Leonardo DiCaprio could star in a new movie version of 'I, Claudius' after a Hollywood producer picked up the rights to the famous book.
Scott Rudin, who produced 'The Queen' and 'Notes On A Scandal', is reported to have paid almost £1m (€1.5m) for the rights to the work, set during the Roman Empire.
'I, Claudius' is best remembered for the acclaimed BBC mini-series, starring Derek Jacobi as Claudius and John Hurt as Caligula.
It was first adapted into a movie by director Josef von Sternberg in 1937, featuring Charles Laughton in the title role.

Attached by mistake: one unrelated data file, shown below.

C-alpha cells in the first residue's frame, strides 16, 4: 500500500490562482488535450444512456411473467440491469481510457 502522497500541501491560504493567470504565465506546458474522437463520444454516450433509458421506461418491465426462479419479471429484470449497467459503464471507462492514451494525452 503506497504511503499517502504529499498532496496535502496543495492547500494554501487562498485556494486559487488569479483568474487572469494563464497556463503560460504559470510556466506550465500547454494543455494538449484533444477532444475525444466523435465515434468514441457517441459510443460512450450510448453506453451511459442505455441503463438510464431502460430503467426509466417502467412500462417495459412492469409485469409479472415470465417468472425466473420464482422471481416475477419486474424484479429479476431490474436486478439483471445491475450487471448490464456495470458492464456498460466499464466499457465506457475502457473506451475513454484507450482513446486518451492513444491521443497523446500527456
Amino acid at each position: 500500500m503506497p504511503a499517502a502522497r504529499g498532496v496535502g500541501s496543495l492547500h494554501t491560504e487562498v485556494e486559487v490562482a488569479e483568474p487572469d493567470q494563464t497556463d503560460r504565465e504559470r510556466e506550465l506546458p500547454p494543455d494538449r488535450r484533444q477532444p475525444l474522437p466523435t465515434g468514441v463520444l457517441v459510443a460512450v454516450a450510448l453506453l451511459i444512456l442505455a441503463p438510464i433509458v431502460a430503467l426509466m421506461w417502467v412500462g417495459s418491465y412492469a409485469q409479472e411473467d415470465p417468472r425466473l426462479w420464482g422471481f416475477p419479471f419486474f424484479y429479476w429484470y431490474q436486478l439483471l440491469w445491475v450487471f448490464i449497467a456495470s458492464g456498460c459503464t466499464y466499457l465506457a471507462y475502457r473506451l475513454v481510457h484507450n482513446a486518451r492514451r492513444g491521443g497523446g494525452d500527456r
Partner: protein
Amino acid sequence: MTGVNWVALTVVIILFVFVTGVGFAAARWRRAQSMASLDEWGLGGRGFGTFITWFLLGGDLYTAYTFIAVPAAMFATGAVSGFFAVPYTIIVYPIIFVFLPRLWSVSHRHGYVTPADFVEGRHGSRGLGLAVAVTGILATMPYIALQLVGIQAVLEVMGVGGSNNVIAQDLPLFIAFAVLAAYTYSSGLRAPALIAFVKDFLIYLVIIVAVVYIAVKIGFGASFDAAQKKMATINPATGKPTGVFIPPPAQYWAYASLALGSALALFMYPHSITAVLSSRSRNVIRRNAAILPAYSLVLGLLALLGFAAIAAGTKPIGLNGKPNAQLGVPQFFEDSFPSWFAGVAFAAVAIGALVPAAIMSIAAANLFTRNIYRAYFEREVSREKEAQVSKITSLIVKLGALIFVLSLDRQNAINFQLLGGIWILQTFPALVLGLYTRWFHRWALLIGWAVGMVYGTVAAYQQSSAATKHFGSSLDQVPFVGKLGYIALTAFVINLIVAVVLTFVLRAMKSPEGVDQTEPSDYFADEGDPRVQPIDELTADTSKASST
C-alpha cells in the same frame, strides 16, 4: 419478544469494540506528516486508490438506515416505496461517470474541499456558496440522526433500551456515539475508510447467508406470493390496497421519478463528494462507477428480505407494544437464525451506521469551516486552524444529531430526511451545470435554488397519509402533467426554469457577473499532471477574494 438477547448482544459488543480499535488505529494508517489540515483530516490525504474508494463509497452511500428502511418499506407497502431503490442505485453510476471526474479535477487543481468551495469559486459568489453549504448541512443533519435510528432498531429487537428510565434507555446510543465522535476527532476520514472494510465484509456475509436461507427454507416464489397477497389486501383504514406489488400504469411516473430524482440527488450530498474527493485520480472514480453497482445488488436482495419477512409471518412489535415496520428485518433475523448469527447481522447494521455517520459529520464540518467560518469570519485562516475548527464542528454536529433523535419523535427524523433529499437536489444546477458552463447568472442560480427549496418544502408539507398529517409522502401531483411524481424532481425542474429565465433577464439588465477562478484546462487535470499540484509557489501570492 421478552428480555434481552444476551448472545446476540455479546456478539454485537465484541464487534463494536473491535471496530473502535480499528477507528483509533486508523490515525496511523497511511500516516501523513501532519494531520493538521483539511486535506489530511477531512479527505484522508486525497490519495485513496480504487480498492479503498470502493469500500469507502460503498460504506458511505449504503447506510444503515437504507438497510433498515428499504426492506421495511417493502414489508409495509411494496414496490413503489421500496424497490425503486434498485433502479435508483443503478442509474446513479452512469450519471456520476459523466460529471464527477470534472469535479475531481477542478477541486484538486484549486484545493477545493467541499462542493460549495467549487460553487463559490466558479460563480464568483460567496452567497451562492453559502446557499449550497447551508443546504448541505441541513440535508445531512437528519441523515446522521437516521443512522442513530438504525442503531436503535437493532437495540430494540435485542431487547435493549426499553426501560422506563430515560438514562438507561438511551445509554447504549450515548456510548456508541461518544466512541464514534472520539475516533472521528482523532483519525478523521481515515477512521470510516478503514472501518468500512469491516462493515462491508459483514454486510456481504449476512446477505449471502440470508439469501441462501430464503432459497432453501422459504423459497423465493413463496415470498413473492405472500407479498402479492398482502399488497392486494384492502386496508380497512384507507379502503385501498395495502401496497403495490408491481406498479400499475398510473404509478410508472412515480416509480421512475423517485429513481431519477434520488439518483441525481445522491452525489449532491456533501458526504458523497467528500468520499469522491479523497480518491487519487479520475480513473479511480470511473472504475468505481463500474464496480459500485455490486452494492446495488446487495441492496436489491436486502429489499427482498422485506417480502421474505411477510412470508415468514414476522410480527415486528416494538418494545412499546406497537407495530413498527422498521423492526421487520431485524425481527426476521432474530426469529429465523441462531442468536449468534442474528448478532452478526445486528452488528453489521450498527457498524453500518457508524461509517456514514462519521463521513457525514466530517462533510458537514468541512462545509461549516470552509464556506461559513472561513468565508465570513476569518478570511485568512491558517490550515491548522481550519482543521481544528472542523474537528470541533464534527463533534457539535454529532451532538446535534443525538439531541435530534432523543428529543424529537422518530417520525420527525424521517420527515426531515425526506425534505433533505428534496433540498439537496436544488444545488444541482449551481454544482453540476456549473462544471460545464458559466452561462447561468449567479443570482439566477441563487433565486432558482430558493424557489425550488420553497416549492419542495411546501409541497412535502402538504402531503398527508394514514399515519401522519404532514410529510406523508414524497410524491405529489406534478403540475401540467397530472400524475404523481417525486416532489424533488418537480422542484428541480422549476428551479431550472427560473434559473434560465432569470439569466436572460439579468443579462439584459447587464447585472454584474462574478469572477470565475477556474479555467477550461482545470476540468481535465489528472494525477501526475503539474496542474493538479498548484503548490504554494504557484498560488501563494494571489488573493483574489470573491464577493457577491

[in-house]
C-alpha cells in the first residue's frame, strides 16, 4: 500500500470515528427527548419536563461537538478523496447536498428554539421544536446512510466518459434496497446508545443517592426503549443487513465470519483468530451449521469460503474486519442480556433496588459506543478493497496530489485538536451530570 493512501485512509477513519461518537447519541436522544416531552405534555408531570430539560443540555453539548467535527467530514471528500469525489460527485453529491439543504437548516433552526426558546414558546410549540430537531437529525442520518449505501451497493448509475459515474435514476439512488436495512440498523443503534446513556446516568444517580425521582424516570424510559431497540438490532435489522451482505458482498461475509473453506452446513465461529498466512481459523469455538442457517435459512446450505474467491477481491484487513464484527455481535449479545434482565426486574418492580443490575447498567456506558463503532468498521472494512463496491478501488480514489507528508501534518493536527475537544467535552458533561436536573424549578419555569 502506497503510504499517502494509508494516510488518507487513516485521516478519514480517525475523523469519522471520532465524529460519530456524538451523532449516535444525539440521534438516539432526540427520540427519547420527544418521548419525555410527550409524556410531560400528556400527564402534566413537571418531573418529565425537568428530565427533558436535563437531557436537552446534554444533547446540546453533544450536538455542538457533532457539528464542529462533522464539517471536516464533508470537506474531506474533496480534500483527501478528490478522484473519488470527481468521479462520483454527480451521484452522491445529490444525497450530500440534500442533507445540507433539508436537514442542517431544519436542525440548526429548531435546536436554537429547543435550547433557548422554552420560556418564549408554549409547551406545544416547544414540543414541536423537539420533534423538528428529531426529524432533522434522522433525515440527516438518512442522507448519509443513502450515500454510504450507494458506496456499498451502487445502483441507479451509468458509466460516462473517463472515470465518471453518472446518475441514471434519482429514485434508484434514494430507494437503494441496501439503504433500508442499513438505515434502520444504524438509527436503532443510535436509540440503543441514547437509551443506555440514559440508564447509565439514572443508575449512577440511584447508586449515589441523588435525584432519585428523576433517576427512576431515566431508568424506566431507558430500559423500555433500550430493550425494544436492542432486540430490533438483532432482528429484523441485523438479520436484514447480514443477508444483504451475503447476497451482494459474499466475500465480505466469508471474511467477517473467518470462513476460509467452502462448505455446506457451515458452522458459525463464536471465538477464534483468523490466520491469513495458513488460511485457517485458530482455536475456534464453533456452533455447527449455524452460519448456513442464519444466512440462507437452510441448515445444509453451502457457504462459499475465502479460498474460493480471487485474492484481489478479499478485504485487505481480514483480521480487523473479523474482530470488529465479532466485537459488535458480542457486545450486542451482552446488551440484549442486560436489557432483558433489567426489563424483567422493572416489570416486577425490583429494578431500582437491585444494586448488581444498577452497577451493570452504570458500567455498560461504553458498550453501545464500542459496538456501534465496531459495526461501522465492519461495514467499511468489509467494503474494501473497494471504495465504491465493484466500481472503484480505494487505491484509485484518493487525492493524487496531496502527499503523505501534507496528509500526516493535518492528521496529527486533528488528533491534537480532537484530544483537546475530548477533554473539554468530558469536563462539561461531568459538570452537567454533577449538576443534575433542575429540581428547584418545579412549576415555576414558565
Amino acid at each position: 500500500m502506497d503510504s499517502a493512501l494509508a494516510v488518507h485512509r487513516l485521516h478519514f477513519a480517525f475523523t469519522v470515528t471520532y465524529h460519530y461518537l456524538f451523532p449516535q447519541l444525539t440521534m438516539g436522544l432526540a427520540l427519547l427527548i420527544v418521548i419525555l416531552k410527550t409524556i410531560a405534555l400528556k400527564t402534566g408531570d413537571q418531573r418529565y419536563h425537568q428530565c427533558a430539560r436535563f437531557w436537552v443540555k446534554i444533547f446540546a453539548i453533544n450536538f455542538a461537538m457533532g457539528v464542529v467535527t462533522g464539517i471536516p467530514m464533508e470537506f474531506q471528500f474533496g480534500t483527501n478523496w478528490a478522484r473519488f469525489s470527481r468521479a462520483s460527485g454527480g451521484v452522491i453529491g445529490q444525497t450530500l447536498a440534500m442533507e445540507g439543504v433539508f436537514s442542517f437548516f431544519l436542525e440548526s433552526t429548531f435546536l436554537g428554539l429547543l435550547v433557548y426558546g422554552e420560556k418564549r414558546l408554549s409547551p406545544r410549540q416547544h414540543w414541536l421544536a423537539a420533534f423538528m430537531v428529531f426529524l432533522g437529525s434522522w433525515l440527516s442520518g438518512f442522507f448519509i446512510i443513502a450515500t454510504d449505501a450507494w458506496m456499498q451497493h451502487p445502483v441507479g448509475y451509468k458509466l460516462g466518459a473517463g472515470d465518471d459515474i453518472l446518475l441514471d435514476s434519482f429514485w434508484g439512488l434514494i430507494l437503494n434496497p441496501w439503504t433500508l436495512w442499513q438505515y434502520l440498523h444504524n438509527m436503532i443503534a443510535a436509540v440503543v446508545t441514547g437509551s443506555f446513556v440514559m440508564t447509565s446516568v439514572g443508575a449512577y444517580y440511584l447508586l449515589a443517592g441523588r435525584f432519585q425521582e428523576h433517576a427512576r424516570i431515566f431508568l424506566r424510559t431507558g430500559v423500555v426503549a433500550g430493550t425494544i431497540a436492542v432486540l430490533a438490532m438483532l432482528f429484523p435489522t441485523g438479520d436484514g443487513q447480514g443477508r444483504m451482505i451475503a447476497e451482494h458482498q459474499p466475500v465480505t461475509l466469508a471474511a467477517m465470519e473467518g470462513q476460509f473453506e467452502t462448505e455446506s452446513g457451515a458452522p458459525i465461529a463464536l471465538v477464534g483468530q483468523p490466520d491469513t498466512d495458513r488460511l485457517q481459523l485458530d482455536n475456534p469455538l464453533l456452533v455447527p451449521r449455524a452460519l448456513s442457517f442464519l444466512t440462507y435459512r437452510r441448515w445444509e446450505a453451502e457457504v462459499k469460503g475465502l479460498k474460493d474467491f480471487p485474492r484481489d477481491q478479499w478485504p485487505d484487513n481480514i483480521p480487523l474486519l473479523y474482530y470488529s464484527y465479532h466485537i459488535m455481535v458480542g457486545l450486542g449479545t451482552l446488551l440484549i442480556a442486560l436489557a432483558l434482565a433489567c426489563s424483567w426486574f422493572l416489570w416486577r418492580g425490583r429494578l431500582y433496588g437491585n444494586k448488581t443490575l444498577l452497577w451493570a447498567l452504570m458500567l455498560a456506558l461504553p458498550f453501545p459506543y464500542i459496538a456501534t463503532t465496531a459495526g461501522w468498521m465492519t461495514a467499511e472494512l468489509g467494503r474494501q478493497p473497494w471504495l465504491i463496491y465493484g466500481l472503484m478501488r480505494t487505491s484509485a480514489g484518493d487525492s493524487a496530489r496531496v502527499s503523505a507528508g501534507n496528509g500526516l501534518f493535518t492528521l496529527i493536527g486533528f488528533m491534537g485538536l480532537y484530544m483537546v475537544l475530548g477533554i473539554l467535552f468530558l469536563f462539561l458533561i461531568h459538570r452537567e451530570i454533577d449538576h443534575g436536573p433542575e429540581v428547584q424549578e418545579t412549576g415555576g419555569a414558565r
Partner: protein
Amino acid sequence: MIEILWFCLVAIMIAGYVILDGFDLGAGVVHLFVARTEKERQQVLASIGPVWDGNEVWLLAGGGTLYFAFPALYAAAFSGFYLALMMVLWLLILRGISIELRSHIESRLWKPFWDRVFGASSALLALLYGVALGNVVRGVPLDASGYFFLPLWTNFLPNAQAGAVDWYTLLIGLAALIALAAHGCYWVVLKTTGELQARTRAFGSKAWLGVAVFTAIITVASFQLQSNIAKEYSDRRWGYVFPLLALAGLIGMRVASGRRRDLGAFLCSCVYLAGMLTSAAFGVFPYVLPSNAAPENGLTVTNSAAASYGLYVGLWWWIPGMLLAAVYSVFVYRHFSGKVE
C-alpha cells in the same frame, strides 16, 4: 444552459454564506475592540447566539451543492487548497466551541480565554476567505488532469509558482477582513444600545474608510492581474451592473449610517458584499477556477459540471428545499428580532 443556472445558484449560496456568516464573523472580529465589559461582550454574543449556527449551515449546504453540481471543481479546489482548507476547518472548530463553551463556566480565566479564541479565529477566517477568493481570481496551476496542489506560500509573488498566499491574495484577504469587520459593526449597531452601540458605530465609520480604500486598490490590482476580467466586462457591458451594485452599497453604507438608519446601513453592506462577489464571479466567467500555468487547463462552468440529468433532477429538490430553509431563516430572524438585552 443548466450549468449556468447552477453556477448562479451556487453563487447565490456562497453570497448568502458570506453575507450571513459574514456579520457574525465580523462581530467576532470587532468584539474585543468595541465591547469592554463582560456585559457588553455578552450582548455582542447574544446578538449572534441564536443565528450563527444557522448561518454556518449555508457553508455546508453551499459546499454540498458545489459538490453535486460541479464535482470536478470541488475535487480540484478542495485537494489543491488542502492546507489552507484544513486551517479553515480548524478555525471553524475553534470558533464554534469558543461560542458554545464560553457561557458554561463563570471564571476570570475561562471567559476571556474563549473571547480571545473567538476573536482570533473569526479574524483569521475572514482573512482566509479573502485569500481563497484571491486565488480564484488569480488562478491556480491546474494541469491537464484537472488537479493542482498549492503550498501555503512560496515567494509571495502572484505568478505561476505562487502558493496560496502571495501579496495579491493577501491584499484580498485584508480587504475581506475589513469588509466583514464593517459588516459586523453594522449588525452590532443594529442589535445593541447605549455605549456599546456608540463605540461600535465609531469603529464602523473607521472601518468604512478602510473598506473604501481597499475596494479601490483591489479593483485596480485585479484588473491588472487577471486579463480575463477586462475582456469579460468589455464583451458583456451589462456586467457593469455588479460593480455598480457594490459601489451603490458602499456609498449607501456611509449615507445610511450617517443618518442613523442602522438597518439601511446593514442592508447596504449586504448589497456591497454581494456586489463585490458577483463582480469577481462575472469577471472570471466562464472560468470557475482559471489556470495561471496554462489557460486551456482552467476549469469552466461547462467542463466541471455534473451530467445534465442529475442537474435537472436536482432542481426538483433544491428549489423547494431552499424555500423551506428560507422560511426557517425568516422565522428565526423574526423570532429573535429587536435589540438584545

The film and BBC adaptation were taken from English poet, scholar, and novelist Robert Graves’s epic novels about the decline of Roman civilisation in the first century AD, 'I, Claudius' and the sequel 'Claudius the God'.
'I, Claudius' was first published in 1934.
The Hollywood Reporter and Variety said that DiCaprio and US screenwriter William Monahan, who last collaborated on Martin Scorsese’s Oscar-winning 'The Departed', could be set to work on the project, although no offers have been made.
Several Hollywood studios are said to have fought for the rights for the book about the Roman Empire, told through the eyes of Claudius.